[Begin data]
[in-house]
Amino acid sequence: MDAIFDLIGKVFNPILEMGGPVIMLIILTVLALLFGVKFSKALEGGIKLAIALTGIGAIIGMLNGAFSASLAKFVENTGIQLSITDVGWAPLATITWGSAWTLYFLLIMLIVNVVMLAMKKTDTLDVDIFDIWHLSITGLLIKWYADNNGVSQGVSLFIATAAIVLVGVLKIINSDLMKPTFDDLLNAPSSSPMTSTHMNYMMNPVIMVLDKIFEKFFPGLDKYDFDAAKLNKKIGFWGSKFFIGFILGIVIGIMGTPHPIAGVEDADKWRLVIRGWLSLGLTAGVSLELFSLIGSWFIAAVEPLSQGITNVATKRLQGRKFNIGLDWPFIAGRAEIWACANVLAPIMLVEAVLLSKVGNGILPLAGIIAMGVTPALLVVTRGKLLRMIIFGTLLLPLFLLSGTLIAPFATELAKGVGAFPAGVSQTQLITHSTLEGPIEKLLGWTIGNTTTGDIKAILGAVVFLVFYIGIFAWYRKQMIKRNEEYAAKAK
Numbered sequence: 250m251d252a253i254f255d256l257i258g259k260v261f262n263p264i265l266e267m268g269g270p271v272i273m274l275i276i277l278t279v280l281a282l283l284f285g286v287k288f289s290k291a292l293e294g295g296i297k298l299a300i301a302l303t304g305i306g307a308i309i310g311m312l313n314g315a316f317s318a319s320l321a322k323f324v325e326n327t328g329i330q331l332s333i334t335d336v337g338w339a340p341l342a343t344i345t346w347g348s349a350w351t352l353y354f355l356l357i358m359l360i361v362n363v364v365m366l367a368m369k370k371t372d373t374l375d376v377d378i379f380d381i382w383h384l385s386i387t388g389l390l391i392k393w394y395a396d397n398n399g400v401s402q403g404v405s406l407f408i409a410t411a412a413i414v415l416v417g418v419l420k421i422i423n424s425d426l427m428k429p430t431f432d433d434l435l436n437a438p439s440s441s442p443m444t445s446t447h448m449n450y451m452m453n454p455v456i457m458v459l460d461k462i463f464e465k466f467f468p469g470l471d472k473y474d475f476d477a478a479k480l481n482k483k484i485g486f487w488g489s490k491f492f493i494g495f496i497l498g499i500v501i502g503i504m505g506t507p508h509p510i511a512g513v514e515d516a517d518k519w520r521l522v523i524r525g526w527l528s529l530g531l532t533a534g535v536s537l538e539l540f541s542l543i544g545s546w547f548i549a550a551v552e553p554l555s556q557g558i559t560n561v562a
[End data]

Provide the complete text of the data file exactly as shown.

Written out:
[in-house]
Amino acid sequence: MDAIFDLIGKVFNPILEMGGPVIMLIILTVLALLFGVKFSKALEGGIKLAIALTGIGAIIGMLNGAFSASLAKFVENTGIQLSITDVGWAPLATITWGSAWTLYFLLIMLIVNVVMLAMKKTDTLDVDIFDIWHLSITGLLIKWYADNNGVSQGVSLFIATAAIVLVGVLKIINSDLMKPTFDDLLNAPSSSPMTSTHMNYMMNPVIMVLDKIFEKFFPGLDKYDFDAAKLNKKIGFWGSKFFIGFILGIVIGIMGTPHPIAGVEDADKWRLVIRGWLSLGLTAGVSLELFSLIGSWFIAAVEPLSQGITNVATKRLQGRKFNIGLDWPFIAGRAEIWACANVLAPIMLVEAVLLSKVGNGILPLAGIIAMGVTPALLVVTRGKLLRMIIFGTLLLPLFLLSGTLIAPFATELAKGVGAFPAGVSQTQLITHSTLEGPIEKLLGWTIGNTTTGDIKAILGAVVFLVFYIGIFAWYRKQMIKRNEEYAAKAK
Numbered sequence: 250m251d252a253i254f255d256l257i258g259k260v261f262n263p264i265l266e267m268g269g270p271v272i273m274l275i276i277l278t279v280l281a282l283l284f285g286v287k288f289s290k291a292l293e294g295g296i297k298l299a300i301a302l303t304g305i306g307a308i309i310g311m312l313n314g315a316f317s318a319s320l321a322k323f324v325e326n327t328g329i330q331l332s333i334t335d336v337g338w339a340p341l342a343t344i345t346w347g348s349a350w351t352l353y354f355l356l357i358m359l360i361v362n363v364v365m366l367a368m369k370k371t372d373t374l375d376v377d378i379f380d381i382w383h384l385s386i387t388g389l390l391i392k393w394y395a396d397n398n399g400v401s402q403g404v405s406l407f408i409a410t411a412a413i414v415l416v417g418v419l420k421i422i423n424s425d426l427m428k429p430t431f432d433d434l435l436n437a438p439s440s441s442p443m444t445s446t447h448m449n450y451m452m453n454p455v456i457m458v459l460d461k462i463f464e465k466f467f468p469g470l471d472k473y474d475f476d477a478a479k480l481n482k483k484i485g486f487w488g489s490k491f492f493i494g495f496i497l498g499i500v501i502g503i504m505g506t507p508h509p510i511a512g513v514e515d516a517d518k519w520r521l522v523i524r525g526w527l528s529l530g531l532t533a534g535v536s537l538e539l540f541s542l543i544g545s546w547f548i549a550a551v552e553p554l555s556q557g558i559t560n561v562a